Here is where a good company and great painters step up. They take control of the situation and bring solutions to the table and fix whatever small issue may be happening or something that is bothering a customer.

We sometimes look at each other in the office when we get frantic calls from clients screaming and yelling for an issue that will take an hour to correct. We aren't running away and a great company will correct any issue even when it isn't their fault.

So any company you hire, I always ask if they back their work, the review I want to hear or see is yes they made a mistake but guess what? They corrected it right away.

I had a black top company seal my driveway and when I came home it was sprayed all over the siding of my home, I tried everything I could to get it off with no luck. I emailed that night, didn't receive a response but when I came home the next day it was cleaned up. That is customer service and I would recommend them to anyone and certainly use them again EVEN though they made a mistake.

Saturday, November 11, 2017

Why you should be cautious when hiring a subcontractor.

When you call a company to come out and give you an estimate whether a painter, carpenter or other you typically meet someone from that company as you would expect but what if once the job starts a totally different company shows up to do your project? Plus you weren't told.

Me I would be upset, I made a connection with the person who came out to give me an estimate I had been dealing with their office the whole time and now I have a whole new company who I never met, do not know my expectations and their whole agenda is to hurry up because they need to go fast to make their money.


Why do companies use subcontractors in the first place?

  • Cheap labor
  • No liability
  • They do not do that type of work
  • No taxes paid (payroll taxes)
  • No workers compensation
Some companies this is their whole business model, there is no way to monitor quality because if they really are a subcontractor they can't have any say in the work, schedule or when and how the job is being done or they are not a true subcontractor in the first place which most likely is the case.

One other very important issue is workers compensation, guess who is on the hook if someone gets hurt and you find out yes the company you hired has it but the subcontractor doesn't carry it and should have been. You're opening yourself up to liability with your home and insurance.

If a company is going to use a subcontractor (and some may be good) it must be written in your contract. 
Watch yourself when your hiring a contractor and make them be upfront, you will see in the future this will be a key area the IRS will target and many contractors will be put out of business or at the least owe a ton of back payroll taxes.

Sunday, November 5, 2017

Behind the scenes of a painting estimate

Have you ever wondered what is involved with a painting estimate?

There is more involved than just showing up at the door

Let's go over a typical estimate from start to finish.

We all get excited when the phone call comes in, the client may have searched online, got a referral or saw the painters on another job.
However they reached us we take it very seriously and pride ourselves on knowing someone will answer the phone, we return calls and emails in a timely fashion.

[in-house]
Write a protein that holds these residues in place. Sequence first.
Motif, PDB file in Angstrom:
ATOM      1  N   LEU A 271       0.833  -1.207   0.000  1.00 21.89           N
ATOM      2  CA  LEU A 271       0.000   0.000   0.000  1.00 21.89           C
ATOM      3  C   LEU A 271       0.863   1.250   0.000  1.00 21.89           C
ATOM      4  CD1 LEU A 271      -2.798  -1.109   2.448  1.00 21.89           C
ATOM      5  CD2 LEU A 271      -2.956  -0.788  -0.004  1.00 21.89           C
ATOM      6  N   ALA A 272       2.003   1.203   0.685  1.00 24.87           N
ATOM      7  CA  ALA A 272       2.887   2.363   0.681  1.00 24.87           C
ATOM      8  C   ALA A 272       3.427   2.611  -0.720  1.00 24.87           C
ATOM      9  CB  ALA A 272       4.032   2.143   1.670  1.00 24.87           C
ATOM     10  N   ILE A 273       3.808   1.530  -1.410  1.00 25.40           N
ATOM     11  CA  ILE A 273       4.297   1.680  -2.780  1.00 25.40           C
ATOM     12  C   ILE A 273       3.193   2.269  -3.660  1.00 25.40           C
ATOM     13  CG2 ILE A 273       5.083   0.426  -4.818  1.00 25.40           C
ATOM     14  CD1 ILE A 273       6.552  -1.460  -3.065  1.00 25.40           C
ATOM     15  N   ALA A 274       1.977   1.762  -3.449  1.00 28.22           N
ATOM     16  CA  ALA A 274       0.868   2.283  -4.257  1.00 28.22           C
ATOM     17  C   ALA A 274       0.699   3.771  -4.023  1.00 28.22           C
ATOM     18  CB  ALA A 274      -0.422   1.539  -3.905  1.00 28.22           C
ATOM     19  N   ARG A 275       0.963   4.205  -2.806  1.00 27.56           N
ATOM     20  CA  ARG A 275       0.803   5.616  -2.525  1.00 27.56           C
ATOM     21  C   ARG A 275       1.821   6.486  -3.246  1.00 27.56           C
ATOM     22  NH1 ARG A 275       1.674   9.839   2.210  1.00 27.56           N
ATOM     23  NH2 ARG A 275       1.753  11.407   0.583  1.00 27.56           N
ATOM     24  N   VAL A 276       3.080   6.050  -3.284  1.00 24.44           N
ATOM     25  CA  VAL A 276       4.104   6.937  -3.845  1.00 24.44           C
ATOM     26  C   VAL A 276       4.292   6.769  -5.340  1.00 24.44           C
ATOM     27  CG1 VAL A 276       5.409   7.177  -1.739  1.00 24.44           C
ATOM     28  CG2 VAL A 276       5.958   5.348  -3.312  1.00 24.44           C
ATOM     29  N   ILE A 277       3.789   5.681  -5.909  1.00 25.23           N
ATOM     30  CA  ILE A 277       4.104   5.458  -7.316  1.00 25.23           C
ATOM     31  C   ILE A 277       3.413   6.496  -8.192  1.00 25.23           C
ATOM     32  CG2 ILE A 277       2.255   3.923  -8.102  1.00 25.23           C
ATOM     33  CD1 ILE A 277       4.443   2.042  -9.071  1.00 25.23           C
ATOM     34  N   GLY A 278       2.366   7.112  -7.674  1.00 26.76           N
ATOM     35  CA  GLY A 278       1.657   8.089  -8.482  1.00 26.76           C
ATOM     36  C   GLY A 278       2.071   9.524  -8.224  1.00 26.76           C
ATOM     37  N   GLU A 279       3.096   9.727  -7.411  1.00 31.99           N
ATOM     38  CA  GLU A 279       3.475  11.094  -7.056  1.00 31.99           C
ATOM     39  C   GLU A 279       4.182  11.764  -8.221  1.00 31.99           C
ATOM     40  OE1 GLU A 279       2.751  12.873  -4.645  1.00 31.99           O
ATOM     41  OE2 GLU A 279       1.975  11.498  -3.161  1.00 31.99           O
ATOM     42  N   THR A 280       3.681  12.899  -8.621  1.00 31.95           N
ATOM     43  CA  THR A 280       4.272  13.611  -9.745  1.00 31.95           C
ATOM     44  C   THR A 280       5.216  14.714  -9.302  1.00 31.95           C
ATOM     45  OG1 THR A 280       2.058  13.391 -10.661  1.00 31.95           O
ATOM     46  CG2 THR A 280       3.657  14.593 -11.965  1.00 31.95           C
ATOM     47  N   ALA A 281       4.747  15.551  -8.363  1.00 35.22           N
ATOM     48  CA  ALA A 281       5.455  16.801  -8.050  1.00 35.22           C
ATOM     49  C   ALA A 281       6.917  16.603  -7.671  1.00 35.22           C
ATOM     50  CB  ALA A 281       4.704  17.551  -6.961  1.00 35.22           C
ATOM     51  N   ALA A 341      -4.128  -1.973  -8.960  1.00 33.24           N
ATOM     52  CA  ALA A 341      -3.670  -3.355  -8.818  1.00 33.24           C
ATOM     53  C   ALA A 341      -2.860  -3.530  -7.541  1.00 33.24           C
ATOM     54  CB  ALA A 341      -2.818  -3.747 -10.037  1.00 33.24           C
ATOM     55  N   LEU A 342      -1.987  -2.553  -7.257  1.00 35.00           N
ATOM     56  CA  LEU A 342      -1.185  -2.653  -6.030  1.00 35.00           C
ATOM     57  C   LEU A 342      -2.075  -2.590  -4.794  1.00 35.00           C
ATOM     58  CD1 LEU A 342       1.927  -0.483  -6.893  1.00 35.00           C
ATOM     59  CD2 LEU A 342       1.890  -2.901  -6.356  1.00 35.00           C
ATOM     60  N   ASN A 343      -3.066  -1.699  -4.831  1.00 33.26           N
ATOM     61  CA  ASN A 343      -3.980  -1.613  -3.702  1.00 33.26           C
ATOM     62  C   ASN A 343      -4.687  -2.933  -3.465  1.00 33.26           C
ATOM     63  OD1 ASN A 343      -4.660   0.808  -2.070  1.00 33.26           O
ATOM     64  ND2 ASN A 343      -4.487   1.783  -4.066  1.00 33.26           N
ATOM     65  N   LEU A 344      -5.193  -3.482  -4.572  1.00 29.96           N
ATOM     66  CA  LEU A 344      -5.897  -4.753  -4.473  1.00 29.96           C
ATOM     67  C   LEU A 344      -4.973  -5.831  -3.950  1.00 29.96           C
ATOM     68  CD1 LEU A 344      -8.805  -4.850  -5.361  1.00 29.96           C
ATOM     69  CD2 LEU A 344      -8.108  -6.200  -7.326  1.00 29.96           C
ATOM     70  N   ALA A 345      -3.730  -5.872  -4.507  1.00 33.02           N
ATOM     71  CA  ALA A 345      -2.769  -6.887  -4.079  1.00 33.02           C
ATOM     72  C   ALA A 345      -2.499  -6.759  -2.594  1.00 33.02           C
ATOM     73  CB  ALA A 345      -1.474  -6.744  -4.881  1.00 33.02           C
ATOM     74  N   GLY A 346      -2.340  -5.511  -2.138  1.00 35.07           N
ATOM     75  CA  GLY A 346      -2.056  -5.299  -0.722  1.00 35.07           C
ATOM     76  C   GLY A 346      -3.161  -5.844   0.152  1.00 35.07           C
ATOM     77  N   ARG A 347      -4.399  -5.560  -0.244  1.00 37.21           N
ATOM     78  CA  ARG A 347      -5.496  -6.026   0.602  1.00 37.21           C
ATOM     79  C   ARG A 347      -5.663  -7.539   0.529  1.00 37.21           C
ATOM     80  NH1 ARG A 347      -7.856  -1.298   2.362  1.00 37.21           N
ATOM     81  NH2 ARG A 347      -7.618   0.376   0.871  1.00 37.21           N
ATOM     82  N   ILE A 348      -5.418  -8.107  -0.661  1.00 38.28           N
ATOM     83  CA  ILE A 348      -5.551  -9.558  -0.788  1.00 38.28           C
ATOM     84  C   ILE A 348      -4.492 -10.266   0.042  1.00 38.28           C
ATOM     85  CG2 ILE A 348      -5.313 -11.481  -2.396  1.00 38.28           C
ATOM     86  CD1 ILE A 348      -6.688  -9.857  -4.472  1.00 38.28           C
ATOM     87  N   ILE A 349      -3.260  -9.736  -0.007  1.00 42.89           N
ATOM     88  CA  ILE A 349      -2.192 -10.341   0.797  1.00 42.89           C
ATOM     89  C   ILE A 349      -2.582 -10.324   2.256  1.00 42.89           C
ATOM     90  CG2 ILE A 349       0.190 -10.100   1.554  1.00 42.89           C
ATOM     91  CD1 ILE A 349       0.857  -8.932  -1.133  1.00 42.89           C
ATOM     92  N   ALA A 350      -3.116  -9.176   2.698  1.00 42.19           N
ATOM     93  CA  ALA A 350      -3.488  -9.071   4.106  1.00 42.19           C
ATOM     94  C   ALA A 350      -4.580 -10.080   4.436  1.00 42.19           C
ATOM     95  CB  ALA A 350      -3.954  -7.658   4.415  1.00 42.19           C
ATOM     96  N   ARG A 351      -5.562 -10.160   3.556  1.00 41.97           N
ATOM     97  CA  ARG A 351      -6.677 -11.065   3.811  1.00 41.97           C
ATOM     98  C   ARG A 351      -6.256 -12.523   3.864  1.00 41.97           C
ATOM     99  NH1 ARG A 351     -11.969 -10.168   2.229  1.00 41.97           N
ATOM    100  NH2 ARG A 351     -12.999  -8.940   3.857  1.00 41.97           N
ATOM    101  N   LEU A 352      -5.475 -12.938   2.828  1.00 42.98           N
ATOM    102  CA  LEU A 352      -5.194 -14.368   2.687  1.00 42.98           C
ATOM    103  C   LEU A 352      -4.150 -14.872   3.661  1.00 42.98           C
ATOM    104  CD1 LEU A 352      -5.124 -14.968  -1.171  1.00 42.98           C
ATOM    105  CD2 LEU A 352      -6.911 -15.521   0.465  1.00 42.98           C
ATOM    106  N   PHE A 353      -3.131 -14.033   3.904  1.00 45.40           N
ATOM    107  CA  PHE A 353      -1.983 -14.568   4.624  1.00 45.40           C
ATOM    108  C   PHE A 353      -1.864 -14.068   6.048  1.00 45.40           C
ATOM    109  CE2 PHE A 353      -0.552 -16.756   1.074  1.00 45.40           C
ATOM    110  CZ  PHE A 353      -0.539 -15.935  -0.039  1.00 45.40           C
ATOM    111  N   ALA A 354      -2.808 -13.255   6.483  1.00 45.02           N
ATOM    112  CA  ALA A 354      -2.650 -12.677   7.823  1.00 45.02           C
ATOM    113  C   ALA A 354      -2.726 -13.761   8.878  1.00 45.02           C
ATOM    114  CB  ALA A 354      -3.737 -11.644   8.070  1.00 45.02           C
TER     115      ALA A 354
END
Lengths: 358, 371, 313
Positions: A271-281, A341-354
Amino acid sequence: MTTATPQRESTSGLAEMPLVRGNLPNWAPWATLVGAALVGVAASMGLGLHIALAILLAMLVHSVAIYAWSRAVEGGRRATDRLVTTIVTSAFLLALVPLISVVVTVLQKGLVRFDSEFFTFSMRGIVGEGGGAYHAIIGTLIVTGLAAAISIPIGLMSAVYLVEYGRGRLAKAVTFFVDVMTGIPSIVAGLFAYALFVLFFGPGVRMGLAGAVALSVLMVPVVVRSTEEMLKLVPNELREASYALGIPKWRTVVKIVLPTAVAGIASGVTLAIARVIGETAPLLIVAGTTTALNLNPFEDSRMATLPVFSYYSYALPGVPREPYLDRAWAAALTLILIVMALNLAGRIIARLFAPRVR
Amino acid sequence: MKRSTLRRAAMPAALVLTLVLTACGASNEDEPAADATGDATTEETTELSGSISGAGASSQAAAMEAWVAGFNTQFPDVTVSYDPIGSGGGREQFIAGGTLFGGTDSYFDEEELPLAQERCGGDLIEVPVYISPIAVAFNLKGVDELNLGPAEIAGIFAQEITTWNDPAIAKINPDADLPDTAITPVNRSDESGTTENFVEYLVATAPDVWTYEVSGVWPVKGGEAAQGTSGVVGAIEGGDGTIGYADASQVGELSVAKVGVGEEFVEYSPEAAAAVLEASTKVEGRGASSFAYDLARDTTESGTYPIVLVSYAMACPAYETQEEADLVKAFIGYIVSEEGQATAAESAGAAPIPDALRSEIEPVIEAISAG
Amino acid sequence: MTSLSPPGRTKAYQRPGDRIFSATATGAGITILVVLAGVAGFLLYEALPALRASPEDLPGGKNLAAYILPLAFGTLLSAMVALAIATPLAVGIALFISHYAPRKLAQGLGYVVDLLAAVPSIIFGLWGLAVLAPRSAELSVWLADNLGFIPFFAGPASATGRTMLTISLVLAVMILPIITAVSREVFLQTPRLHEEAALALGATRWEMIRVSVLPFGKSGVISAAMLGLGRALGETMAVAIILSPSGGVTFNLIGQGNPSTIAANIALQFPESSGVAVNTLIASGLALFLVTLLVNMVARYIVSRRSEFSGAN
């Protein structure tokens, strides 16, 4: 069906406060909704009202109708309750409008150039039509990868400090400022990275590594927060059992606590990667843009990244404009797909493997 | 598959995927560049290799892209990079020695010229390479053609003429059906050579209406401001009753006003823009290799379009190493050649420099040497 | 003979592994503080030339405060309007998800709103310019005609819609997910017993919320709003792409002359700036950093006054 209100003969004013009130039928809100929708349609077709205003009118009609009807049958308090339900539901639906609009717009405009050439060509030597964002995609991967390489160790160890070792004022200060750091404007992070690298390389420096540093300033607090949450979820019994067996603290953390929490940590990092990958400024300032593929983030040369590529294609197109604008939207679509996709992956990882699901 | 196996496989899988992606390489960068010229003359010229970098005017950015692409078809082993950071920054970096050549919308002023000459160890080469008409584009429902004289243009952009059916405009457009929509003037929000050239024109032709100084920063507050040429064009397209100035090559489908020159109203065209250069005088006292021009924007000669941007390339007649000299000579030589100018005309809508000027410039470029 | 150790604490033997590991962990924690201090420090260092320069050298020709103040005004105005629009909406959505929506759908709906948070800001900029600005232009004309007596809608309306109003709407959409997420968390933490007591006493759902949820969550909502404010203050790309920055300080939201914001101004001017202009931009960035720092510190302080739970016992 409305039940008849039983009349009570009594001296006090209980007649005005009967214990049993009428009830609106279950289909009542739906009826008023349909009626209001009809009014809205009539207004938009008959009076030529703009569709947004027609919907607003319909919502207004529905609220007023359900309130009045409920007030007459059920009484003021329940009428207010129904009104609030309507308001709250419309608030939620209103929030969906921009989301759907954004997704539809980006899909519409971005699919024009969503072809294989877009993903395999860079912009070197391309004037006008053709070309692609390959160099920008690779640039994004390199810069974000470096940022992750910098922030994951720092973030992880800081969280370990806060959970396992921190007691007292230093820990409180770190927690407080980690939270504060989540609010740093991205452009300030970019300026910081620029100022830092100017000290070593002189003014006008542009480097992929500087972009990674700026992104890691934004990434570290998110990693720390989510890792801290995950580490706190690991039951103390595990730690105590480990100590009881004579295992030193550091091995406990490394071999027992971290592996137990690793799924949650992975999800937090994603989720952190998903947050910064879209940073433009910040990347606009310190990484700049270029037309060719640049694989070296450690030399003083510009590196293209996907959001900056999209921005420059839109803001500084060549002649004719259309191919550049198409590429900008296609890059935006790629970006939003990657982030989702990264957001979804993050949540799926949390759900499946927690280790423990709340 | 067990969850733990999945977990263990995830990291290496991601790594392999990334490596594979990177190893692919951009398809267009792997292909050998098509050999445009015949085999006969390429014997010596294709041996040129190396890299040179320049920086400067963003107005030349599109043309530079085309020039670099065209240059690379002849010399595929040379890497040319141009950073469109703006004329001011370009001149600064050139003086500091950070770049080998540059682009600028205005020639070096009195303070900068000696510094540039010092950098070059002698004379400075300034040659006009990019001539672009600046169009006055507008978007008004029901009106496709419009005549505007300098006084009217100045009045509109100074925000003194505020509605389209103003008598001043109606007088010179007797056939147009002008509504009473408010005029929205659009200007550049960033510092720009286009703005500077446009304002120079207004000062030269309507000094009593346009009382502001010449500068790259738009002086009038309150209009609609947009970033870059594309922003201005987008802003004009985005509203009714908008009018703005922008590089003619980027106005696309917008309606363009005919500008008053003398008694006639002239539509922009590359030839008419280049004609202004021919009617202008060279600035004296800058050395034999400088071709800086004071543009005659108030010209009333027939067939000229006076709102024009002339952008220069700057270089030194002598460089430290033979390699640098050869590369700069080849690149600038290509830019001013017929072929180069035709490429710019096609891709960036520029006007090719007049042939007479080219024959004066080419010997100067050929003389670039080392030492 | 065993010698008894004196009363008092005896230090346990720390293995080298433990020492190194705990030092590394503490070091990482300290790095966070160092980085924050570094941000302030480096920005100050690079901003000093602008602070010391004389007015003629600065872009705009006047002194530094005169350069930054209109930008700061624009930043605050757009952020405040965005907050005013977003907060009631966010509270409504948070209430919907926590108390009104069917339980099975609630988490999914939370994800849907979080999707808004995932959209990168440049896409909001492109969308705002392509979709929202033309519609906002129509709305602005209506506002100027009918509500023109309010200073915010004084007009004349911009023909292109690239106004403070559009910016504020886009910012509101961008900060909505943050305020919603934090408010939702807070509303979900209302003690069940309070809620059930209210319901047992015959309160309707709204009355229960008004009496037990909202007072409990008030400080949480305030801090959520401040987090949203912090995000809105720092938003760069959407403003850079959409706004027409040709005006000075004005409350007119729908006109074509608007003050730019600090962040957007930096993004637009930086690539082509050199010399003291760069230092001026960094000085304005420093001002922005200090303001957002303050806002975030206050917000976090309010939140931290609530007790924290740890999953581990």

Someone will answer that call when it comes in and spends 10-15 minutes with you gathering information, name, address, and type of work you're looking to have done.

This is also a great time for us to ask even more questions and get a sense if we're a good fit for each other before the estimate is even scheduled, we will ask questions such as have you used a professional painter before, do you have other painting coming out to estimate this work and timeline to name a few.

Some people are taken aback by this but would you rather waste your time after someone comes out to estimate it just to find out we do not do that type of work, or the job is not our specialty or the time frames just don't match up?

After this phone call we will schedule this estimate and discuss the phone call within the office and prepare to come out, we will gather any literature needed for your project, add this to our schedules and create notifications on our end to make sure we are aware it is coming.

A few days before the estimate we will send out a few emails explaining how the estimate will go and tips on how to make the most of it, so we're already into about an hour spent on your potential estimate.

The morning of the estimate I will gather my notebook and materials and make sure I am either early or on time.

We will walk the project together, letting you explain exactly what you expect and want to make sure we can offer this. After walking through with you I will walk through again on my own measuring and planning. At this time I will know if I can offer a price on the spot or it may require more time in the office to write it up.

Let's say we needed more time, I will head back to the office, sit down and put all my measurements together into a spreadsheet, once we have all of this done I will have a firm number to send over but we have to enter all of this and write up the proposal so even more time is spent on the estimate, we are typically into 2.5 hours now spent on one estimate we may or may not win.

Now comes the tough part, we send the estimate over and typically you have four types of people, the ones who give you a yes or no right away, the ones who need time to "think" and the ones who hide and do not return calls or email.

As you can see to do just one estimate can take about three hours whether we win or lose it, now some may be less and some maybe longer. This is why it is very important the person deciding is home at the estimate to not waste any one's time